Everyone loves a good nap, right? And guess what? Some tech companies, like Apple, Google, Facebook and Uber are getting attention for actually encouraging their employees to nap on-the-job.
Those workers must love that.
But, here's what I really want to know… is the trend of napping-at-work actually good for us?
BOSSES THAT NAP
“People are so worked up about naps being a sign of weakness,” I say to producer Chance Horner as we drive to our first stop on this adventure.
“Because they are. It's like you can't make it through the day without having to take a little nappy time,” Chance says.
We’re headed to a business, where taking a nap doesn't put you in the cross hairs with the boss.
And here, Stan Richards is the boss. He’s the founder Richards Advertising Group. At 85, he oversees 750 employees and loves to sprint up the steps inside his office.
“Are you a two-at-a-time guy?” I ask Stan, as we breeze up the stairs.
“I'm a two-at-a-time guy,” Stan says.
Richards just built a gleaming new office tower. And guess what he included? Four rooms dedicated to 30-minute naps. Both of us take a nap in the darkened rooms, then come out to chat.
“A lot of industries would say the same thing, ‘We have to get our thing done at the end of the day. The nap gets in the way of getting the thing done,” I say.
“When you take a nap early in the afternoon the rest of the rest of day, you'll be more productive, if you did otherwise,” Stan says.
“But haven't I already lost a half hour of work, if I go to the nap room? Isn't that lost productivity?” I ask.
“It is. But you make up for it. This is the kind of environment, where we trust people to get their work done,” Stan says.
And if you dig in, the science on naps is pretty convincing.
This widely-cited research was done in Greece, where afternoon naps, called siestas, are common. It was published in the Journal of American Medicine. It found naps lowered the risk of dying from a heart attack by about one-third.
And research done in Germany found a 30-minute nap "significantly enhances" long term memory performance. Even a 6-min nap is "sufficient to significantly boost" memory.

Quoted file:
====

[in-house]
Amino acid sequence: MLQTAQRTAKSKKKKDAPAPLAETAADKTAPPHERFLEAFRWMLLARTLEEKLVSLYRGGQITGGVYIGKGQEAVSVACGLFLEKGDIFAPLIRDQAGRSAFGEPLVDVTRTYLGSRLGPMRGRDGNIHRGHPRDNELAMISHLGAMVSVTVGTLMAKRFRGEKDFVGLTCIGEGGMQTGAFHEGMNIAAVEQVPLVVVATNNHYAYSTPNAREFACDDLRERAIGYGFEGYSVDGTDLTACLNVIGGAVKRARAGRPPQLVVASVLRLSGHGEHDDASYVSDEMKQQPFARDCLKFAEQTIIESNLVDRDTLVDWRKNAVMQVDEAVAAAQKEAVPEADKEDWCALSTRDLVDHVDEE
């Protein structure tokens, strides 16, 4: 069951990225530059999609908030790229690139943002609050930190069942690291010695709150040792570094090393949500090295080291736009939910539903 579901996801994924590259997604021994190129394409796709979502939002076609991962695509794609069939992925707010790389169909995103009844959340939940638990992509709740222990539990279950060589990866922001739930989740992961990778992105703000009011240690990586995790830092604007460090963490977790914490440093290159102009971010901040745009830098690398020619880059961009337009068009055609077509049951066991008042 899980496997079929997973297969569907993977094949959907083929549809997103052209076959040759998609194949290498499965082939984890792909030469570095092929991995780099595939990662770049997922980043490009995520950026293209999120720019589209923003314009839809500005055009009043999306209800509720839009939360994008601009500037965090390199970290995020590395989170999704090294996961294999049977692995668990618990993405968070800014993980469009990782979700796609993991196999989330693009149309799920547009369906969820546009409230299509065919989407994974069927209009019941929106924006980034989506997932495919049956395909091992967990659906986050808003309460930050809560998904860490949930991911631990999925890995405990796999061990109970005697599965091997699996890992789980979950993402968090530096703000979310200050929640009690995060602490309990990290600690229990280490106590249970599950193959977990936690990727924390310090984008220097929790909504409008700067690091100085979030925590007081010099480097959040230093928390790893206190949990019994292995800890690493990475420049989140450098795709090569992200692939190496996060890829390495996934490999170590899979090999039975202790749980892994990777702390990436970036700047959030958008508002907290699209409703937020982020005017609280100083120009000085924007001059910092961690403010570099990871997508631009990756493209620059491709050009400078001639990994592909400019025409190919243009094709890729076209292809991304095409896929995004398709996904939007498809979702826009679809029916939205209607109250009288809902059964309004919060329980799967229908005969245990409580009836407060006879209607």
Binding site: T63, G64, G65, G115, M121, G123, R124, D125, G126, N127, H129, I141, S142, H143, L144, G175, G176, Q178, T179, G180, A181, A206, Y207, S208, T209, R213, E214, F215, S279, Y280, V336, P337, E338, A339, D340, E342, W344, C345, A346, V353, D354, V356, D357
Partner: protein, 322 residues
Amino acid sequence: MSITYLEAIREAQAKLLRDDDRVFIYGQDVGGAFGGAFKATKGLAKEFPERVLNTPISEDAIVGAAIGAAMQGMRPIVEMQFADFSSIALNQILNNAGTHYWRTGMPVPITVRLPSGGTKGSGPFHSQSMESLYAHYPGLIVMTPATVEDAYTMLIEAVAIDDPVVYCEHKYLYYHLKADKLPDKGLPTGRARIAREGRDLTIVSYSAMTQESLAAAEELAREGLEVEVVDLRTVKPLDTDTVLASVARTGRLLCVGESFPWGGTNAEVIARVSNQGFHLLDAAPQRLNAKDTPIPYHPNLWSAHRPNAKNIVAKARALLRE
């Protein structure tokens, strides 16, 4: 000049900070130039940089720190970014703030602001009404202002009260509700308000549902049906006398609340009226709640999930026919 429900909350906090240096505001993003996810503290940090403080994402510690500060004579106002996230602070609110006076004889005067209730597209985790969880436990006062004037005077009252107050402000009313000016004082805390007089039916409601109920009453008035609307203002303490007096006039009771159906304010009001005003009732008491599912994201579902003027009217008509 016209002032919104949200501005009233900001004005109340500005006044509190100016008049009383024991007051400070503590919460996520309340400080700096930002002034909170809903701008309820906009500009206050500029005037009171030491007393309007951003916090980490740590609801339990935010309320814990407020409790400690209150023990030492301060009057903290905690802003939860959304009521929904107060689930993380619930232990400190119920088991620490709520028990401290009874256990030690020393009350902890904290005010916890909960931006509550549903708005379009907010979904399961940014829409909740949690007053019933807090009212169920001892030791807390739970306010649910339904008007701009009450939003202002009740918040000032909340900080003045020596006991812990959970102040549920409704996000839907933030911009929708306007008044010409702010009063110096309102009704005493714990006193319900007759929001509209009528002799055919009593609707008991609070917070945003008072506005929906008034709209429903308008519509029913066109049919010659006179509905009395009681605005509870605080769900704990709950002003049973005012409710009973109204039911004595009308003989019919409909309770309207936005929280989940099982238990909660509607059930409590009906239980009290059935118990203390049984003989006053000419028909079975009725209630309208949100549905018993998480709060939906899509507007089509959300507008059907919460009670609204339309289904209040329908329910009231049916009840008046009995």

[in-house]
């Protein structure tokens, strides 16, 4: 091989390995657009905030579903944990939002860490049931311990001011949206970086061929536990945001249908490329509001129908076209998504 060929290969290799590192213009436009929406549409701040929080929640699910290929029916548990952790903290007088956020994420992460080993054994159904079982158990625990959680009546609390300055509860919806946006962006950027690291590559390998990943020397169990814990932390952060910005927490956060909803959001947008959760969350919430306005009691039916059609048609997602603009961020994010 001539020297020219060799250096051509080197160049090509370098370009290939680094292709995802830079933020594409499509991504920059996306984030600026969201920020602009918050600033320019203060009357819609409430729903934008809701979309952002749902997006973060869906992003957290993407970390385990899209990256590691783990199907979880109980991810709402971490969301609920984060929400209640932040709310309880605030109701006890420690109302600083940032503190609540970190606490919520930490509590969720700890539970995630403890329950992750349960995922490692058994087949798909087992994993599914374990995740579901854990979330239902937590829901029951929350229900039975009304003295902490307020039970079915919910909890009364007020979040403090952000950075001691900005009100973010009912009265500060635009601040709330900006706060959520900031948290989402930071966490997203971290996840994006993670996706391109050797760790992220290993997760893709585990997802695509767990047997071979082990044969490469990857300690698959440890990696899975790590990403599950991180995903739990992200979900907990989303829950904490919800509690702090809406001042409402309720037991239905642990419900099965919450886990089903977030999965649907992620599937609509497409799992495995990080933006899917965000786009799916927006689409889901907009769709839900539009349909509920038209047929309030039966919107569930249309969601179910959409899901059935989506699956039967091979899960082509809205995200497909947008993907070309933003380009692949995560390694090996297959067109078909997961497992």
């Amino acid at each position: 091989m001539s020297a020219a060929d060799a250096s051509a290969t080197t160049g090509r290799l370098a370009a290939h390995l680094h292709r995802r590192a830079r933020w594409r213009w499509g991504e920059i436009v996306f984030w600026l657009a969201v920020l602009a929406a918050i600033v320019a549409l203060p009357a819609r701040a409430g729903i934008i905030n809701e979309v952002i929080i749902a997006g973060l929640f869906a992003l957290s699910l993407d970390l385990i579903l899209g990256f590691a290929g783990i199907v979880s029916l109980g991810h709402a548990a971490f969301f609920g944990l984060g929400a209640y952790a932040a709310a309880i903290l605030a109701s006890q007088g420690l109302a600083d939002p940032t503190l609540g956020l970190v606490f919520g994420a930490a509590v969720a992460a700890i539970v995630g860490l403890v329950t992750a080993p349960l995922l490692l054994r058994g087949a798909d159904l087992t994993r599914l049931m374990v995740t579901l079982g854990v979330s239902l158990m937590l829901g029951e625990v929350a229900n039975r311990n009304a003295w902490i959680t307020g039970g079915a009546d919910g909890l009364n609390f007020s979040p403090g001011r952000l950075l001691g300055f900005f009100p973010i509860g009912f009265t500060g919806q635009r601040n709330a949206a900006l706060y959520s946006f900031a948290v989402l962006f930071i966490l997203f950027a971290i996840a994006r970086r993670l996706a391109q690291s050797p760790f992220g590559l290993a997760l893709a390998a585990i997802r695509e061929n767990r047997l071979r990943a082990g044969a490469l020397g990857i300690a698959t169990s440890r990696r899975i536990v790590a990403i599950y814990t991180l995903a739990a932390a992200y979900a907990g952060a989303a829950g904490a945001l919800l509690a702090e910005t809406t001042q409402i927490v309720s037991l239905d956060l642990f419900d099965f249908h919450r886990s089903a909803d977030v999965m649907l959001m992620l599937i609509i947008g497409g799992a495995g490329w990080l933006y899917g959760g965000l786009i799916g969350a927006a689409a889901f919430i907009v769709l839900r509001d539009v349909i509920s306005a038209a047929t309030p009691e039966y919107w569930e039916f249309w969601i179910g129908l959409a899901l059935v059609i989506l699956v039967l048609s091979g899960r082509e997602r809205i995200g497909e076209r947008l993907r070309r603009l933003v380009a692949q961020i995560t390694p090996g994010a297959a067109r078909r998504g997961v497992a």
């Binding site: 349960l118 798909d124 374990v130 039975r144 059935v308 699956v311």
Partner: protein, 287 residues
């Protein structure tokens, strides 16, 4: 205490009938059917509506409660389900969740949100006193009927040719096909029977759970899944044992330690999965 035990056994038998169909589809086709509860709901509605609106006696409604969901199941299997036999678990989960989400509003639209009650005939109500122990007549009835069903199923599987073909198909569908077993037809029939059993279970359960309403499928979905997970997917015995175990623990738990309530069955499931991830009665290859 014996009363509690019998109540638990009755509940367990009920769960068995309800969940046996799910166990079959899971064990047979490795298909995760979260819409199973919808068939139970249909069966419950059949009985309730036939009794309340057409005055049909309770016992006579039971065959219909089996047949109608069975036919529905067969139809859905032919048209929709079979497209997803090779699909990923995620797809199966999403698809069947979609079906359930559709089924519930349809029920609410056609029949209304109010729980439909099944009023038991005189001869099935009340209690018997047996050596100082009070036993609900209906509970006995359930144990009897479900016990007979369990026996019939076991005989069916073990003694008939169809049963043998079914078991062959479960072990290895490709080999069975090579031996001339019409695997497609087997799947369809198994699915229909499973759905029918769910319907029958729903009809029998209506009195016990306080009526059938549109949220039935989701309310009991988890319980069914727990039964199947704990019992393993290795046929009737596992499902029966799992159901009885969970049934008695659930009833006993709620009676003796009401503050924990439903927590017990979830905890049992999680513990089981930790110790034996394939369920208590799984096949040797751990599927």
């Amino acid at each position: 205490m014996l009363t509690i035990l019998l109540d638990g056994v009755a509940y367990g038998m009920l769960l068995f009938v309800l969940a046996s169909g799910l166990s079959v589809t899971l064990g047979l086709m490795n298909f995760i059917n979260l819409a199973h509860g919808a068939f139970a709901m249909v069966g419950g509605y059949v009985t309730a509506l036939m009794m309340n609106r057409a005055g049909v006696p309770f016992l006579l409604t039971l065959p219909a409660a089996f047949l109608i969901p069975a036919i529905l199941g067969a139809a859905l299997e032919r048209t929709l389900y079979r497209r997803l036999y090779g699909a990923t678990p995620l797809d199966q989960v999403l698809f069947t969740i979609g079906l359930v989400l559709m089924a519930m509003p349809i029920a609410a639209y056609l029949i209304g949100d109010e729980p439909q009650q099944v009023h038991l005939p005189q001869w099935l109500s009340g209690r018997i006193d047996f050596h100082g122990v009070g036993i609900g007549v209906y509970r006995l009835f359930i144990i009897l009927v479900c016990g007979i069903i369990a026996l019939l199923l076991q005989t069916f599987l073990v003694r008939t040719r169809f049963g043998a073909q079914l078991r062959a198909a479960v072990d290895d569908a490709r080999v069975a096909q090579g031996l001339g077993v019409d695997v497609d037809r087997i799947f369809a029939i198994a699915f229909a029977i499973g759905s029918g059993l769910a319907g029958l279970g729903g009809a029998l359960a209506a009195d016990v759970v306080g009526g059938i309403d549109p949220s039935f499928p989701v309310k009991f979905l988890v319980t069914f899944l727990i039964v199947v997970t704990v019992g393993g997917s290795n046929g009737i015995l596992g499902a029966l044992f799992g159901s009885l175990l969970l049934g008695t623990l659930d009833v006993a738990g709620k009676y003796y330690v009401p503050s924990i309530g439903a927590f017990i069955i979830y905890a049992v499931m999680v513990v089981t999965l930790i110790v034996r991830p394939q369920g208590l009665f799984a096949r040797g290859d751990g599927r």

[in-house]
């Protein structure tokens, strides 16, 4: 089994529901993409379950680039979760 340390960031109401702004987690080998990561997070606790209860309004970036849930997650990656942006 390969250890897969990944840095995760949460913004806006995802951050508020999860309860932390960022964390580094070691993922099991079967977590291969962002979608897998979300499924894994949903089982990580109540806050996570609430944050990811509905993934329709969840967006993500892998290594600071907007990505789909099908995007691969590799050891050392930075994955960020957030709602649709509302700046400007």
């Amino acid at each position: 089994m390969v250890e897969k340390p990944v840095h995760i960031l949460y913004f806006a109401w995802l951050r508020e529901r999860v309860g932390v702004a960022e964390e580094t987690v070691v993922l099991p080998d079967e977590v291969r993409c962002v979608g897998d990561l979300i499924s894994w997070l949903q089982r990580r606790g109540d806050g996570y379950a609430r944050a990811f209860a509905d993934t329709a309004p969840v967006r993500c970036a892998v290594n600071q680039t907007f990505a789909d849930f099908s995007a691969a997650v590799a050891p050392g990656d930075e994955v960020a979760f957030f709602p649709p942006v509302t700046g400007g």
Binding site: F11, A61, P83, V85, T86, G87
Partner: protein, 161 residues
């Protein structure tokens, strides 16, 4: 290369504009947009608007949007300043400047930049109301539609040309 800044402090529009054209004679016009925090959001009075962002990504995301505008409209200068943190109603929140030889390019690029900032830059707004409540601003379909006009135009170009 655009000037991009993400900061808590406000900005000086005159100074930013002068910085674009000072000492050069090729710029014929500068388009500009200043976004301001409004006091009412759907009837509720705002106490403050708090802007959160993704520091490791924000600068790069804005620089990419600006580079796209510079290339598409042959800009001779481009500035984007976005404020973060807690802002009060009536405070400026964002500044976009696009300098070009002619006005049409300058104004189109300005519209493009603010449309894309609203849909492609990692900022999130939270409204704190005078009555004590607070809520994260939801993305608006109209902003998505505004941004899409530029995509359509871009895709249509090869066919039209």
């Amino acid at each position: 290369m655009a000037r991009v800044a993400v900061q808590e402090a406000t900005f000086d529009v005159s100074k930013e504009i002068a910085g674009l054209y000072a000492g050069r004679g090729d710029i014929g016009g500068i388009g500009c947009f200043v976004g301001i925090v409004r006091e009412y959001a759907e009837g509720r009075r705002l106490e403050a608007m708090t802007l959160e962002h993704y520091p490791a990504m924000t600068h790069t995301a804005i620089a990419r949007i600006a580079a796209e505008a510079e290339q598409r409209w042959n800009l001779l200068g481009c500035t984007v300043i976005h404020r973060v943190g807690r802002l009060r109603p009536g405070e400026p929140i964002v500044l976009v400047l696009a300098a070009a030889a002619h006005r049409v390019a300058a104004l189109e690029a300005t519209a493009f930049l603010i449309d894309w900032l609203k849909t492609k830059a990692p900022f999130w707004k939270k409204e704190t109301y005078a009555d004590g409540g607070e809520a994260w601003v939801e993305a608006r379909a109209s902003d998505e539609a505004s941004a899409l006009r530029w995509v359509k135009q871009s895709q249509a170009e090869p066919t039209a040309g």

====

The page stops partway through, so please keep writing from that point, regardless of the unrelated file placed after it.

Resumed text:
“How do you know it's making a difference?” I ask Stan.
“I just know, for me, that when I take a little nap I'm refreshed and go through the rest of the afternoon and never get that feeling of 'Oh, I'm tired,” he says.
A VISIT TO THE SLEEP CLINIC
What's going on inside the brain while we nap?
Stacy Harris, at Sleep Healers, is helping me find out by hooking me up with wires that will track my breathing, brain waves and body movements.
“If you actually go to sleep, I only expect to see stages one and two. If you hit a deep sleep, if you hit REM, you did not get enough sleep last night,” Stacy tells me.
While I settle in for a 30-minute nap, let's check in with Dr. Margaret Mike. She's a neurologist, board certified in sleep medicine. She says 20-30 minutes is all you need from a nap. Anything longer, she says, and you’ll wake up groggy.
“Are naps good for you?” I ask Dr. Mike.
“Naps can help supplement if you haven't been able to get enough sleep one night. Deadlines, taking care of children, thunderstorms. But if we need them every day, we have to say, ‘What's the deficiency? Why isn't our nighttime sleep restorative enough?’" Dr. Mike asks.
For Dr. Mike, the benefits of an occasional nap are good. But the health problems associated with chronic sleepiness are really bad.
According to the Centers for Disease Control, less than 7 hours a night can lead to obesity, diabetes, high blood pressure, heart disease, stroke and frequent mental distress.
So, how's my sleep?
Stacy's monitoring me from the other room. The lines on her computer monitor give her a lot of information about the quality of my sleep.
“The breathing was real big. Then all of sudden, these little breaths. That's a restriction of the airway. And his oxygen level dropped, and it woke him up,” Stacy says.
The test showed I snored and woke myself up. But I also got a few minutes of restful sleep. That part felt good. Still, Dr. Mike is still not a huge fan of the nap.
“Should napping be part of a wellness program at work? Or is that not necessary?” I ask her.
“I think it wouldn't be necessary if they're getting good sleep at home. If they're getting enough hours of sleep. If they're getting enough sleep but still tired, then they should figure out why,” she says.
So, there are some big-time companies that encourage naps. And there are medical benefits associated with taking naps. But according to Dr. Mike, the upside of naps are not nearly as important as the downside of chronic sleepiness.
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